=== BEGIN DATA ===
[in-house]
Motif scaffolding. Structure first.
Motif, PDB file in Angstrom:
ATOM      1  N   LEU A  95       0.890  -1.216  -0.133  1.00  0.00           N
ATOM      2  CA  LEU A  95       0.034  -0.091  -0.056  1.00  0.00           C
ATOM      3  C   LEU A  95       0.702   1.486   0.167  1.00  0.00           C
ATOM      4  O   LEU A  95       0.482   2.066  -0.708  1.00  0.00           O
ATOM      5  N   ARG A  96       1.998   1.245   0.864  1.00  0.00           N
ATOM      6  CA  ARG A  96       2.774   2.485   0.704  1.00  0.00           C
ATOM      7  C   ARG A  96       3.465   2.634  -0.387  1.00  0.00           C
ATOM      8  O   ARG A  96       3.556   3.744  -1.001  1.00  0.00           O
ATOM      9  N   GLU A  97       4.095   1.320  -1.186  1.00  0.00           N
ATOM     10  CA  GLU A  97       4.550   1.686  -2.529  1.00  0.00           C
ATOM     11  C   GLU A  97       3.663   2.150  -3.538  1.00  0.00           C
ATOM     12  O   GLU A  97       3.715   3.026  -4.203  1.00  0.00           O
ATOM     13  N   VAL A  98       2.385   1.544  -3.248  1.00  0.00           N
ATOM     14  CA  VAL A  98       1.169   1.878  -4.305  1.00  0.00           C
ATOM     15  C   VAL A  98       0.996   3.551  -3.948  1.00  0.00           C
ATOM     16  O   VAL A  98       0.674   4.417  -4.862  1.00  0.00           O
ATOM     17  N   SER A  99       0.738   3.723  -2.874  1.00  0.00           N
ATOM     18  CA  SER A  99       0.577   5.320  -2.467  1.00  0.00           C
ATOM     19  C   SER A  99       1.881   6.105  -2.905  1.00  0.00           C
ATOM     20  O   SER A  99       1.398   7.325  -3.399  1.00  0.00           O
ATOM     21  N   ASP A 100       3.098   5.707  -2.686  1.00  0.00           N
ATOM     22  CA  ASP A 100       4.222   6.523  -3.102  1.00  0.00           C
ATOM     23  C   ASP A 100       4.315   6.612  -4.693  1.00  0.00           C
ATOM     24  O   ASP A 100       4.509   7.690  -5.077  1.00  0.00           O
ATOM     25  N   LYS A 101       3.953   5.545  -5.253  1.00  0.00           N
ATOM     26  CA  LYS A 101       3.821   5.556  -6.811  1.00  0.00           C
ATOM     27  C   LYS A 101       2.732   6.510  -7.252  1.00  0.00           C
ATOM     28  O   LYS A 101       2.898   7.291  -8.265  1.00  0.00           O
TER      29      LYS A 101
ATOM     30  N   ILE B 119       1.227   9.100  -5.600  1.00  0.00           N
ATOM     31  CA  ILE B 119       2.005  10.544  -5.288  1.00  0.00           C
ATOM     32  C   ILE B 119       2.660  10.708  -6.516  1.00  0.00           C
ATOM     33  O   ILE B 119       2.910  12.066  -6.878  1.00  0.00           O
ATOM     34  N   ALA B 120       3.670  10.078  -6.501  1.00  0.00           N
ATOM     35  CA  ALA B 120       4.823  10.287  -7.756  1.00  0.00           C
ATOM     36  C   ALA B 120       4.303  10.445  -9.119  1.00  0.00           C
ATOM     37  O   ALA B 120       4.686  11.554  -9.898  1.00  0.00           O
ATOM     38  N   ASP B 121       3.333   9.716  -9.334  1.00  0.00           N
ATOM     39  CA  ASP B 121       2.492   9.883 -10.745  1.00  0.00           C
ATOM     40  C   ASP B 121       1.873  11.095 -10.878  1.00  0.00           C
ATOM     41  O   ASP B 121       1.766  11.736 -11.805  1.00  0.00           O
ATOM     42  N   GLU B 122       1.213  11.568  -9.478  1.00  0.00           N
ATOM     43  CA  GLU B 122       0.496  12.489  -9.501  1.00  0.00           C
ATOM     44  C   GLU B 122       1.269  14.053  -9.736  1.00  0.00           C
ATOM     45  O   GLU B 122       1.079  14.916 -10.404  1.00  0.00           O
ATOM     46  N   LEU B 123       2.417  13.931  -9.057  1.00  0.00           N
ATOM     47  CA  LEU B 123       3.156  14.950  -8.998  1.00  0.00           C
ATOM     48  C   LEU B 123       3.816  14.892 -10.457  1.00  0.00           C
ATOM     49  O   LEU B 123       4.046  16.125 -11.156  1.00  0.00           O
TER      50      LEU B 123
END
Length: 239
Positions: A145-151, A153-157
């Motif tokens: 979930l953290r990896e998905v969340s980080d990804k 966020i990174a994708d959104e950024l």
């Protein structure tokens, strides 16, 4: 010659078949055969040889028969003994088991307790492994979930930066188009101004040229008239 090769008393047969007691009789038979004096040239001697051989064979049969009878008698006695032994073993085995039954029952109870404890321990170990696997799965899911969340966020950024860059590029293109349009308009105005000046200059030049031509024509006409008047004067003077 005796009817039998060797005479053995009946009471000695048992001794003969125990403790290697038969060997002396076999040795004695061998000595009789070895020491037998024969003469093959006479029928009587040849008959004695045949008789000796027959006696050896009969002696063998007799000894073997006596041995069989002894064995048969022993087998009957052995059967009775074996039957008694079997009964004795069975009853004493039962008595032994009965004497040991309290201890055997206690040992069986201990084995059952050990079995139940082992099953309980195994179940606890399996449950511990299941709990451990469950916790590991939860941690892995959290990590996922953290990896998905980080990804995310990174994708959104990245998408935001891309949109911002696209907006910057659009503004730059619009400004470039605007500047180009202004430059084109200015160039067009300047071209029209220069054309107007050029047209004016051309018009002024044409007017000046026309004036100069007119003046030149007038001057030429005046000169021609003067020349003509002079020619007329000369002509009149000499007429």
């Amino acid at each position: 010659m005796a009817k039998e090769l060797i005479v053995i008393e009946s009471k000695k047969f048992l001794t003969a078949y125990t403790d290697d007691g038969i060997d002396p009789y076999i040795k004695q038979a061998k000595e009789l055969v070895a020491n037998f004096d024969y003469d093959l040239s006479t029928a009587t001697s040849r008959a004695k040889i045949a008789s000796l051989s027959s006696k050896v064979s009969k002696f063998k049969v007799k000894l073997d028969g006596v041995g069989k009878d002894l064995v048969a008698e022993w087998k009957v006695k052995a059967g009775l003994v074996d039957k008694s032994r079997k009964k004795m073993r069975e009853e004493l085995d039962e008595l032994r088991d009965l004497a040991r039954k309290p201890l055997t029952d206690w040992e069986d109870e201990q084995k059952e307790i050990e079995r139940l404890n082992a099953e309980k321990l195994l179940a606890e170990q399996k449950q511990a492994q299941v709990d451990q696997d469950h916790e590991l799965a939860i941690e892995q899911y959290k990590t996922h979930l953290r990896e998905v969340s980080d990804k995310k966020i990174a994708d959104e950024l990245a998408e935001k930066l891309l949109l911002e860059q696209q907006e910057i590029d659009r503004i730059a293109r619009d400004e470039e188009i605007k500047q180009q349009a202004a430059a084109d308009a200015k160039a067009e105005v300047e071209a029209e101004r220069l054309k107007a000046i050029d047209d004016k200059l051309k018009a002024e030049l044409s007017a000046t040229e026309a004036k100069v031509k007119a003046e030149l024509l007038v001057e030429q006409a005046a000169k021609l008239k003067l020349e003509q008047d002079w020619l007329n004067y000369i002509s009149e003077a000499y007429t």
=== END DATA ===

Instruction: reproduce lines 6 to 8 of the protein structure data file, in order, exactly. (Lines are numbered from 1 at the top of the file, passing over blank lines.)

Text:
ATOM      3  C   LEU A  95       0.702   1.486   0.167  1.00  0.00           C
ATOM      4  O   LEU A  95       0.482   2.066  -0.708  1.00  0.00           O
ATOM      5  N   ARG A  96       1.998   1.245   0.864  1.00  0.00           N